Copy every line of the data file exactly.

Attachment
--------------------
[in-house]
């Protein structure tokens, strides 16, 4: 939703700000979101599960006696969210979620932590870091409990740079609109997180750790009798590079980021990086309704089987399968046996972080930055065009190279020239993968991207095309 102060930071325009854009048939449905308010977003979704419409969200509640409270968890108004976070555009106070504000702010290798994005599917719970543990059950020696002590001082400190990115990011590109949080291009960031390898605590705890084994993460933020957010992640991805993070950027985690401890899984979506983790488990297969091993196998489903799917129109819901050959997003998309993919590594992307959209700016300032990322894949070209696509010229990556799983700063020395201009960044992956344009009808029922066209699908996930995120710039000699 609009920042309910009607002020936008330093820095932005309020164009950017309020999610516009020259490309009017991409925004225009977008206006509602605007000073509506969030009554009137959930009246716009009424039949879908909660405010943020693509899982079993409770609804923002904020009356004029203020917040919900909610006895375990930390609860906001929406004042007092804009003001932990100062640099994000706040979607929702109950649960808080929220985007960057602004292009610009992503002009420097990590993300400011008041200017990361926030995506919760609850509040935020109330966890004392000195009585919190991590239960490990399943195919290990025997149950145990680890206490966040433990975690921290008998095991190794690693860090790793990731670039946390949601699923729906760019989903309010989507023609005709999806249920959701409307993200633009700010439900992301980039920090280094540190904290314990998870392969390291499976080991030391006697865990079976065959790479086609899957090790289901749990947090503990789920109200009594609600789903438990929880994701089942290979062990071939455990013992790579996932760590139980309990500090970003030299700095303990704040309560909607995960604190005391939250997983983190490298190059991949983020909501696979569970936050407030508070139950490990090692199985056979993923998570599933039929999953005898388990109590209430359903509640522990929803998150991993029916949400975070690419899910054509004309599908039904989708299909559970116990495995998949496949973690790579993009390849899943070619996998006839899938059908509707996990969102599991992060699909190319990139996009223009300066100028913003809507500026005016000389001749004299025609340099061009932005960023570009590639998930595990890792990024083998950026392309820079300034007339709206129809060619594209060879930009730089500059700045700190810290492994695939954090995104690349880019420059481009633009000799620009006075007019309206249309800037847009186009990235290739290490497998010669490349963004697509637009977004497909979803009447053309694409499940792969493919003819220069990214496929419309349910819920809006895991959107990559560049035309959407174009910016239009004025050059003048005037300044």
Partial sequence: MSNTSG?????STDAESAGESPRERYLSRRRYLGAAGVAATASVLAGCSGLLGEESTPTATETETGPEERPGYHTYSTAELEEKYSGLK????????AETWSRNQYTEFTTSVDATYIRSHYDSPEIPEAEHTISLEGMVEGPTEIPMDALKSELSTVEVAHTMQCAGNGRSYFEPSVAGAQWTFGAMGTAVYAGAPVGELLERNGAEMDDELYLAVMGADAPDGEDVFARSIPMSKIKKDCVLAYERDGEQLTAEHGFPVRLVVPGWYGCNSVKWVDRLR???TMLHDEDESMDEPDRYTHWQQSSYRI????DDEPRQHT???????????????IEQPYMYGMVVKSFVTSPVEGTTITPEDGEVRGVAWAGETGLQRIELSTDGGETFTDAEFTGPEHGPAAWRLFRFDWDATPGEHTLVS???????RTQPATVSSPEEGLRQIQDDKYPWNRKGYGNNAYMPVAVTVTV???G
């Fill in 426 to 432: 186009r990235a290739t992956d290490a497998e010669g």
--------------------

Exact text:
[in-house]
């Protein structure tokens, strides 16, 4: 939703700000979101599960006696969210979620932590870091409990740079609109997180750790009798590079980021990086309704089987399968046996972080930055065009190279020239993968991207095309 102060930071325009854009048939449905308010977003979704419409969200509640409270968890108004976070555009106070504000702010290798994005599917719970543990059950020696002590001082400190990115990011590109949080291009960031390898605590705890084994993460933020957010992640991805993070950027985690401890899984979506983790488990297969091993196998489903799917129109819901050959997003998309993919590594992307959209700016300032990322894949070209696509010229990556799983700063020395201009960044992956344009009808029922066209699908996930995120710039000699 609009920042309910009607002020936008330093820095932005309020164009950017309020999610516009020259490309009017991409925004225009977008206006509602605007000073509506969030009554009137959930009246716009009424039949879908909660405010943020693509899982079993409770609804923002904020009356004029203020917040919900909610006895375990930390609860906001929406004042007092804009003001932990100062640099994000706040979607929702109950649960808080929220985007960057602004292009610009992503002009420097990590993300400011008041200017990361926030995506919760609850509040935020109330966890004392000195009585919190991590239960490990399943195919290990025997149950145990680890206490966040433990975690921290008998095991190794690693860090790793990731670039946390949601699923729906760019989903309010989507023609005709999806249920959701409307993200633009700010439900992301980039920090280094540190904290314990998870392969390291499976080991030391006697865990079976065959790479086609899957090790289901749990947090503990789920109200009594609600789903438990929880994701089942290979062990071939455990013992790579996932760590139980309990500090970003030299700095303990704040309560909607995960604190005391939250997983983190490298190059991949983020909501696979569970936050407030508070139950490990090692199985056979993923998570599933039929999953005898388990109590209430359903509640522990929803998150991993029916949400975070690419899910054509004309599908039904989708299909559970116990495995998949496949973690790579993009390849899943070619996998006839899938059908509707996990969102599991992060699909190319990139996009223009300066100028913003809507500026005016000389001749004299025609340099061009932005960023570009590639998930595990890792990024083998950026392309820079300034007339709206129809060619594209060879930009730089500059700045700190810290492994695939954090995104690349880019420059481009633009000799620009006075007019309206249309800037847009186009990235290739290490497998010669490349963004697509637009977004497909979803009447053309694409499940792969493919003819220069990214496929419309349910819920809006895991959107990559560049035309959407174009910016239009004025050059003048005037300044």
Partial sequence: MSNTSG?????STDAESAGESPRERYLSRRRYLGAAGVAATASVLAGCSGLLGEESTPTATETETGPEERPGYHTYSTAELEEKYSGLK????????AETWSRNQYTEFTTSVDATYIRSHYDSPEIPEAEHTISLEGMVEGPTEIPMDALKSELSTVEVAHTMQCAGNGRSYFEPSVAGAQWTFGAMGTAVYAGAPVGELLERNGAEMDDELYLAVMGADAPDGEDVFARSIPMSKIKKDCVLAYERDGEQLTAEHGFPVRLVVPGWYGCNSVKWVDRLR???TMLHDEDESMDEPDRYTHWQQSSYRI????DDEPRQHT???????????????IEQPYMYGMVVKSFVTSPVEGTTITPEDGEVRGVAWAGETGLQRIELSTDGGETFTDAEFTGPEHGPAAWRLFRFDWDATPGEHTLVS???????RTQPATVSSPEEGLRQIQDDKYPWNRKGYGNNAYMPVAVTVTV???G
């Fill in 426 to 432: 186009r990235a290739t992956d290490a497998e010669g």